'Ahouse or building where goods are made or prepared for sale and sold.'
An example is given as a banker's shop which is a bank. The original of this was the portion of a shop of a goldsmith or other tradesmen used for practisting banking. Then, it is also described as a building or room set apart for the sale of merchandise or a building or room set apart and fitted up for the carrying on of some particular kind of handiwork or mechanical industry; e.g. a workshop. It is said the word is now often referred to as a portion of a building or a room in a factory, appropriated to some particular department or stage of the work carried on there. There are some other definitions which need not be referred to. In the Webster's third new International Dictionary, there is also an elaborate series of definitions which show that the word 'shop' may be used to describe a place where goods are ordinarily bought and sold and also for many other purposes including a place where business is carried on. It, thereforee, appears that the word 'shop' can be understood either giving it a narrow meaning or with a larger meaning.
(4) As the present is a case of a restrictive covenant I hold that it must be strictly construed and there appears to be no reason why a narrow meaning should be given. I cannot understand why the word 'shop' should be used in a narrow sense when a long-term lease was granted, if it was intended that it should be used for only a very limited type of purposes. Generally, there are similar leases all over the country, and it would bring about chaotic conditions if the user of those building was unusually restricted merely because the word 'shop' was used in the lease. For instance, in many modern cities there are shopping centres in which buildings which are described as shops are auctioned at substantial prices to the public in general, and it would be really harsh if those shops could only be used for the limited purpose for selling consumer goods and not for other business purposes. Of course, if the actual user is not at all shop-like, i.e. not as a place where activity is carried on with the public it cannot be a shop. The case I am dealing with is the case of a bank. I have to find out whether the running of a bank is the running of a shop or is not the running of shop.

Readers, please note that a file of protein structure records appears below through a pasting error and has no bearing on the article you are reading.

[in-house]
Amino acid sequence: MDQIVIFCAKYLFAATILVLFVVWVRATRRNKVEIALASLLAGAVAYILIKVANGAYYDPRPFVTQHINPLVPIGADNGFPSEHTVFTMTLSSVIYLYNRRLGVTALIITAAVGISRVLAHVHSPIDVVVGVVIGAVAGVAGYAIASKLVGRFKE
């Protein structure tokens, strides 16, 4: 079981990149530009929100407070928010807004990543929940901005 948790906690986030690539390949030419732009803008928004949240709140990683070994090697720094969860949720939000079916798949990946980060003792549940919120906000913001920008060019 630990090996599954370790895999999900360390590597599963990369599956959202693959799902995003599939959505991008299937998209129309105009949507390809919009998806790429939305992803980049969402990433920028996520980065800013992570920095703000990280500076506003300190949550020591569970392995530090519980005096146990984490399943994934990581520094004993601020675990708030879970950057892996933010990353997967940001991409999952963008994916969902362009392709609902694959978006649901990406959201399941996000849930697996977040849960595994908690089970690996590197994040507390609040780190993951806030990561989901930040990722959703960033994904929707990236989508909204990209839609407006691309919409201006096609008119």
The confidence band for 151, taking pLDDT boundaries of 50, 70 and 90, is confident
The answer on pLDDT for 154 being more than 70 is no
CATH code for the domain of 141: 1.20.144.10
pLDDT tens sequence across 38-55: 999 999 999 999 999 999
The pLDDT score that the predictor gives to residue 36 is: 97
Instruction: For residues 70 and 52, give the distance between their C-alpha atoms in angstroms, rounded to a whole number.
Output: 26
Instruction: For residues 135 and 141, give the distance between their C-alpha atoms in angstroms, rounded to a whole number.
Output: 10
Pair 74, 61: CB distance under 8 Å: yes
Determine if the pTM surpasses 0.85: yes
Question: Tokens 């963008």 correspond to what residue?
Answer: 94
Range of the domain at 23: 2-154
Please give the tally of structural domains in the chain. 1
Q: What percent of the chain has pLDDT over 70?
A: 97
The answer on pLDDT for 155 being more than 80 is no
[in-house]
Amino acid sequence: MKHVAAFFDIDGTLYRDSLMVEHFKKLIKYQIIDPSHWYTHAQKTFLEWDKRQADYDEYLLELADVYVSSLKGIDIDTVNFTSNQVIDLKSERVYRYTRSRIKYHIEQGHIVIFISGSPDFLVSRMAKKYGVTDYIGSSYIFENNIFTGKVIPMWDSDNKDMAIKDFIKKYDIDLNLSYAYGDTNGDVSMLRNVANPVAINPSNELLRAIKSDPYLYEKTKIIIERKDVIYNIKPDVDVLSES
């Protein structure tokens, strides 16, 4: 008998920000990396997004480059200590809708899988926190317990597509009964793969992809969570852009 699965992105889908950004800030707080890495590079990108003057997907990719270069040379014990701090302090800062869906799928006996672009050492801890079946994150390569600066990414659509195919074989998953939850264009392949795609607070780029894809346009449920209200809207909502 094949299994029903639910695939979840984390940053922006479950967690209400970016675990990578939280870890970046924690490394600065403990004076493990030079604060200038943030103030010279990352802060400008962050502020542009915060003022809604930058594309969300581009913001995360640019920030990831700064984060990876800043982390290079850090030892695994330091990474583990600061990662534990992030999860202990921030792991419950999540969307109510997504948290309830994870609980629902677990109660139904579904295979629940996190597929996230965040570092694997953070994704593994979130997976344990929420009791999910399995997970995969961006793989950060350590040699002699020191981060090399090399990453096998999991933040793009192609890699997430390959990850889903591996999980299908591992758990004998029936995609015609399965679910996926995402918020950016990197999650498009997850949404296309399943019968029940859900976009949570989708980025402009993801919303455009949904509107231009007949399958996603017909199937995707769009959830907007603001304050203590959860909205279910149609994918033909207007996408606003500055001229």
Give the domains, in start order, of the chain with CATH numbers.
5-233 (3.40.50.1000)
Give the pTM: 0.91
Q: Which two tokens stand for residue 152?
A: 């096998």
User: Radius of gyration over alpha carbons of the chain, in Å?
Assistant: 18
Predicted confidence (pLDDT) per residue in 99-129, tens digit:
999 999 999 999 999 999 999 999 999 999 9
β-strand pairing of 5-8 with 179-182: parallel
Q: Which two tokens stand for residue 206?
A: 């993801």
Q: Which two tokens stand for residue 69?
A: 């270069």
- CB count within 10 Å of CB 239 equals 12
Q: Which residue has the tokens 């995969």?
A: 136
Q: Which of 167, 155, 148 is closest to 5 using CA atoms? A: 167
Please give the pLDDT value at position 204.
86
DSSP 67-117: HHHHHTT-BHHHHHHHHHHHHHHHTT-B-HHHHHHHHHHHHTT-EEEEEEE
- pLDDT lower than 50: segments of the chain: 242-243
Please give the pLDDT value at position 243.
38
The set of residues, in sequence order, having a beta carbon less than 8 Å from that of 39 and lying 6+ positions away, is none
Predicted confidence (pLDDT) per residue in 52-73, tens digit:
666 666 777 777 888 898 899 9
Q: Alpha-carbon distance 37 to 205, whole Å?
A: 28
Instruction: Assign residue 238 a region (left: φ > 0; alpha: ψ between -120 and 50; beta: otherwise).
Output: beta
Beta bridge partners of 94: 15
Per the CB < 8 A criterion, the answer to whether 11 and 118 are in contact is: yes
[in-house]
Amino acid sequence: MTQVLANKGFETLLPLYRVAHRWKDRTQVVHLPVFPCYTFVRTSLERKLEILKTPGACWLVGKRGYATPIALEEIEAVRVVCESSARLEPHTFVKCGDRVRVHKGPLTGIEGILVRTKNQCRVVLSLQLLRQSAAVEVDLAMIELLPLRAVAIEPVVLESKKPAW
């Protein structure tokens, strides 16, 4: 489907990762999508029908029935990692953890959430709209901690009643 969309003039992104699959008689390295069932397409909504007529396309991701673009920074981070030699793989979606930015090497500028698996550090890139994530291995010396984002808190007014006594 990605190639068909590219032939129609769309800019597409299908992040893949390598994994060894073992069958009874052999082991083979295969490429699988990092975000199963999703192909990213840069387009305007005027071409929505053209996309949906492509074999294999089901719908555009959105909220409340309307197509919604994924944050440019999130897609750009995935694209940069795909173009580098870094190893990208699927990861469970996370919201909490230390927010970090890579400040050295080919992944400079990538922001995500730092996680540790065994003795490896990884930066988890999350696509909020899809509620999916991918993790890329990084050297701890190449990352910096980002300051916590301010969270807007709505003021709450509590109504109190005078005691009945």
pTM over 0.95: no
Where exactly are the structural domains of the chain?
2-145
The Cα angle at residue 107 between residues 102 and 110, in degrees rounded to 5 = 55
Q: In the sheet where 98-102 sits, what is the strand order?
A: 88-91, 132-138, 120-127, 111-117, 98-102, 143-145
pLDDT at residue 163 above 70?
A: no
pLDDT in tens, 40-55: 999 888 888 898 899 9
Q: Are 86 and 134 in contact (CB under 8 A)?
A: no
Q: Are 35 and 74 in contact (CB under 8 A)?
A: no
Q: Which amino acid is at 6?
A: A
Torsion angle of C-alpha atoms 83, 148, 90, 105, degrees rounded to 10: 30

(5) In my view, a bank is a place where the public freely enters for the purpose of doing what may be described as 'shopping' for money or keeping money. People give money or taken away money, if a bank is considered as a dealer in money in this sense, I think a bank can easily be described as a shop. thereforee, the running of a bank does not appear to be an infringement of the covenant.
(6) The learned counsel for the Authority has referred to the definition of 'shop' in the Delhi Municipal Corporation bye-laws where a shop is defined as a building or part of building where articles of food and personal domestic and house-hold use and consumption are sold. I think this definition is entirely artificial and is completely irrelevant for the purpose of this case. The interpretation of the lease in this case has to depend on what is understood by the word shop and not by the manner in which the Delhi Municipal Corporation understands it when it frames its bye-laws. We have to consider what was understood by the general public when it bought lease-hold plots from the Improvement Trust in Delhi. It must not be forgotten when these plots were sold to the public, there was no intimation that there was a restration regarding the kind of shop that could be run. I am, thereforee, of the view that the contentions that a bank cannot be run in a shop without changing the user is misplaced and must be rejected outright.